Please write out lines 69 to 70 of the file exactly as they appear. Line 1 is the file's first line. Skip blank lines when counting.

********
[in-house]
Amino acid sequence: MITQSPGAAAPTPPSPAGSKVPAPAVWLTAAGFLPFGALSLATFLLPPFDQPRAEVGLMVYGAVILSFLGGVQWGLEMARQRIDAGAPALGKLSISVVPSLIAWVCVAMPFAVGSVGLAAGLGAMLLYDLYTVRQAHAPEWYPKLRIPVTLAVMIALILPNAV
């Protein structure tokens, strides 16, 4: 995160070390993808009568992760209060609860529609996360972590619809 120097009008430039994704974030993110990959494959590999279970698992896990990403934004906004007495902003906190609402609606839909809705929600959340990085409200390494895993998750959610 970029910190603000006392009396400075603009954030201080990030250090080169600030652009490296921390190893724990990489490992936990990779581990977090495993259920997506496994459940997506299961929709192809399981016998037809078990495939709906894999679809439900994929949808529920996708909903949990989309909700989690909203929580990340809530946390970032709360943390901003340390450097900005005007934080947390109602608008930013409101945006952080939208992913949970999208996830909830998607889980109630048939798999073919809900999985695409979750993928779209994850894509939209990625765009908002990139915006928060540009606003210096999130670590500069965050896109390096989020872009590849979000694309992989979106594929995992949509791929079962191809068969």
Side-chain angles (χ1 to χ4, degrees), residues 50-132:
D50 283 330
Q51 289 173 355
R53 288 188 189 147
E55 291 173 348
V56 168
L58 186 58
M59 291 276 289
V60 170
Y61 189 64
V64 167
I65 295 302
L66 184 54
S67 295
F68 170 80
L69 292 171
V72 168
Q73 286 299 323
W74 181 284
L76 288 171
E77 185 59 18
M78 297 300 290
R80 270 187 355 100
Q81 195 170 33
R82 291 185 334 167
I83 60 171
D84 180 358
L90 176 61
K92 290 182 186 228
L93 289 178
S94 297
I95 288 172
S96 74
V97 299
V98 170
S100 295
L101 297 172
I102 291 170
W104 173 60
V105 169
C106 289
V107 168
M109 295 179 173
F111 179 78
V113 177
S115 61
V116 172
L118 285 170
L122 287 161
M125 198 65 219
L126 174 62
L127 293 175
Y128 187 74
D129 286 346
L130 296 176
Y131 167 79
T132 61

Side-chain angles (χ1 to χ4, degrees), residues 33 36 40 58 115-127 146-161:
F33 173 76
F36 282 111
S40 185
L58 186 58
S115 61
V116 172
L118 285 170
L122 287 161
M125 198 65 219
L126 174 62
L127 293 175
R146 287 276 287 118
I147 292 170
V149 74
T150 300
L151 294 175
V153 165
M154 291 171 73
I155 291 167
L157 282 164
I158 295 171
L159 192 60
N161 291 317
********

L122 287 161
M125 198 65 219